Questions? Call Mindy Bogue at (302) 654-5326, ext. 101 or

More information at the ACLU-DE website.


Pop-Up Field Trip to Bright Spot Farms

Saturday, May 20   —  10 a.m. to Noon


Learn about Bright Spot Urban Farm—it’s easy!

  • Meet at First Unitarian at 10:00 on Saturday.

  • Carpool to Bright Spot Farms in New Castle.

  • Tour the garden (where you will help with weeding)

  • Hear about the Bright Spot job skills training program (some of our ILYA graduates have participated)

  • Shop the greenhouse (flowers, herbs, vegetables)

  • Return to church between 12:00 and 12:30

Questions? Call Renee Anderson (302) 529-7845



Hot Buttons: Death Penalty and Abortion Rights [SIGN HERE]


Look for our table in the Parish Hall on May 21

Oppose HB 125, restoration of capital punishment

cropped-UUDAN-new-logo_3DELAWARE’S DEATH PENALTY statute was deemed unconstitutional by the Delaware Supreme Court in August, 2016. House Bill 125 was recently introduced to reinstate the death penalty in Delaware. It passed the House of Representatives on May 9. Many UU’s are now engaged in the effort to defeat this legislation.

As recently as 2013, DE was listed as fifth in death sentences per capita and third in executions per capita following the reinstatement of the death penalty in 1976.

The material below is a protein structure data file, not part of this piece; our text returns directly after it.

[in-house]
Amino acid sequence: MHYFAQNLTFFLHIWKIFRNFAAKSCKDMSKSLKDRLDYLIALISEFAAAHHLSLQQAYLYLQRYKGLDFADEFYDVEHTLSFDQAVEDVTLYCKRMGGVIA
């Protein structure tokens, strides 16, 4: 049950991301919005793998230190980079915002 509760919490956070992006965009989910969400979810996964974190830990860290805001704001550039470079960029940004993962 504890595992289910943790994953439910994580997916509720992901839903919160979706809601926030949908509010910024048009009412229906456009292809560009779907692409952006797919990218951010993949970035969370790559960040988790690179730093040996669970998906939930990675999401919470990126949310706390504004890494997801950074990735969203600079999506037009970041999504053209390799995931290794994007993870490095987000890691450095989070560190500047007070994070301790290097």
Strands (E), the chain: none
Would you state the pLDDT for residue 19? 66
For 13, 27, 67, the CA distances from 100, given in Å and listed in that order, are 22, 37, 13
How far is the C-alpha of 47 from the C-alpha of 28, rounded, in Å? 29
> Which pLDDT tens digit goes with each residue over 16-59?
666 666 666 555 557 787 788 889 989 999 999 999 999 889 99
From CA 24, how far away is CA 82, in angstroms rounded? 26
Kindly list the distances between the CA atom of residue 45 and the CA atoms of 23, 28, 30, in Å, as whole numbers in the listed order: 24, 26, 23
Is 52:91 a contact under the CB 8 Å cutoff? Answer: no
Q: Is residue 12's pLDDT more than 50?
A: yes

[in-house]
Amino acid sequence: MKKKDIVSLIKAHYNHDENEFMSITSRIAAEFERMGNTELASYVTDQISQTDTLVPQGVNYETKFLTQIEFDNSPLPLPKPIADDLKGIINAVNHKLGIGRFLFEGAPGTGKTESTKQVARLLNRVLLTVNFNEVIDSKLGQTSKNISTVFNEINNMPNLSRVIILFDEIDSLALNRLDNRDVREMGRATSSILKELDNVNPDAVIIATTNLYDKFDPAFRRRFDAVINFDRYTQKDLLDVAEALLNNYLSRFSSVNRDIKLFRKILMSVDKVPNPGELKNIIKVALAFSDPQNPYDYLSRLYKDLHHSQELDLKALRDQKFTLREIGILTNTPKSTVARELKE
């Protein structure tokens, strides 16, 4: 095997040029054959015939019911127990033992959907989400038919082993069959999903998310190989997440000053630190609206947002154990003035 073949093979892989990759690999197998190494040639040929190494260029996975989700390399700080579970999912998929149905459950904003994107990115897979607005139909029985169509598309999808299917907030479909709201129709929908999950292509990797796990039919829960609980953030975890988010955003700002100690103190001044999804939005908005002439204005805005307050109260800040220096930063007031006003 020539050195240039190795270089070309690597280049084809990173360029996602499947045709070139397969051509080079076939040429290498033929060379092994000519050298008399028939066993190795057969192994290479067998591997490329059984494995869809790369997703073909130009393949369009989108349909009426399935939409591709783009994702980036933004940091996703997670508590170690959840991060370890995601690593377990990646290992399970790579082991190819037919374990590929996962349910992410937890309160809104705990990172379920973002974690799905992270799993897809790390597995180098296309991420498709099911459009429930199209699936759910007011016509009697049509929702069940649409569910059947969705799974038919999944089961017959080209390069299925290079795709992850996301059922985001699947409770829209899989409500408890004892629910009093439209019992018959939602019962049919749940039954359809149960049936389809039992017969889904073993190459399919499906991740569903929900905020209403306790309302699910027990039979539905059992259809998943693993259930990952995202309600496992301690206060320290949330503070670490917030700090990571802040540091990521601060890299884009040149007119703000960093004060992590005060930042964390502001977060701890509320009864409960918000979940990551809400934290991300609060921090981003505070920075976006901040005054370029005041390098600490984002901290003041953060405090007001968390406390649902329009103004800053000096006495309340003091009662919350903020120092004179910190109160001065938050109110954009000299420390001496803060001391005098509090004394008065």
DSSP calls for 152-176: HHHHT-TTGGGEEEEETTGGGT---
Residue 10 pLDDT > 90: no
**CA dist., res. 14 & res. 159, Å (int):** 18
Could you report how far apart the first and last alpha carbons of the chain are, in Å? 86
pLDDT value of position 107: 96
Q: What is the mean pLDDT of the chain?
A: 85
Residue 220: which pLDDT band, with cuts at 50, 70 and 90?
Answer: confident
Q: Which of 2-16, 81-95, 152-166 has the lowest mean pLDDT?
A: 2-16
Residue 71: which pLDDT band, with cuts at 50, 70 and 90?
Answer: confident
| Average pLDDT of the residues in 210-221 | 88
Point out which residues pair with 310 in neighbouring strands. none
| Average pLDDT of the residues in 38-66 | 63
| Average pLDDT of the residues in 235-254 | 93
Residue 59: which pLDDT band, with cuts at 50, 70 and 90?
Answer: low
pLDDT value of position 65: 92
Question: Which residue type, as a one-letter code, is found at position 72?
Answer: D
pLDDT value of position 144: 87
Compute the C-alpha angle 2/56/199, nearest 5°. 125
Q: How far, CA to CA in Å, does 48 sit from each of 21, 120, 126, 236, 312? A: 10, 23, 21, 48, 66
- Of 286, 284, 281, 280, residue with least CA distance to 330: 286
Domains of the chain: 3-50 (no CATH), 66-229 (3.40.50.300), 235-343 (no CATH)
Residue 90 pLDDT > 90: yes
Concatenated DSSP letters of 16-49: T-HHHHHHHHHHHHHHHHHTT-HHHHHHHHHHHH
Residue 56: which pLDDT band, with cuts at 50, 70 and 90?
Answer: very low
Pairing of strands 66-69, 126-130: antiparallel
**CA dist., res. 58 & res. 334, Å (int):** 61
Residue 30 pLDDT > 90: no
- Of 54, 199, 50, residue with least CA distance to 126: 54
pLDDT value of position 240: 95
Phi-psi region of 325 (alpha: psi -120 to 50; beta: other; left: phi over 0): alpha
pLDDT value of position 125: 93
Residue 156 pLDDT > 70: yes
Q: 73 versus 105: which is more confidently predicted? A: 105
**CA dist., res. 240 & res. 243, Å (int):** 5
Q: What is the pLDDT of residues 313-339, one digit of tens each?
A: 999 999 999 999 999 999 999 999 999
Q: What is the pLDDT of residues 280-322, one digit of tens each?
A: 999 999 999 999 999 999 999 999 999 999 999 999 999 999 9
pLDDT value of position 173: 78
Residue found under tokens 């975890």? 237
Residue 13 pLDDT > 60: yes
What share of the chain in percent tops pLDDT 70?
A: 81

The death penalty does not deter crime. In spite of its consistent use of the death penalty, Delaware is in the top 10 states in terms of murder rate. States with the death penalty have consistently higher murder rates than those without the death penalty.

The Unitarian Universalist Delaware Advocacy Network (UUDAN) is undertaking an email campaign enabling congregation members to communicate with their State Senators. However, the outcome in the Senate remains uncertain.

On May 21, we will be signing letters to Governor Carney asking him to veto House Bill 125 if it reaches his desk The Governor has expressed ambivalence about the death penalty and it is critical that he hear from those opposed to this barbaric practice. Look for our table in the Parish Hall during social hour.


Support SB 5, protect choice for Delaware women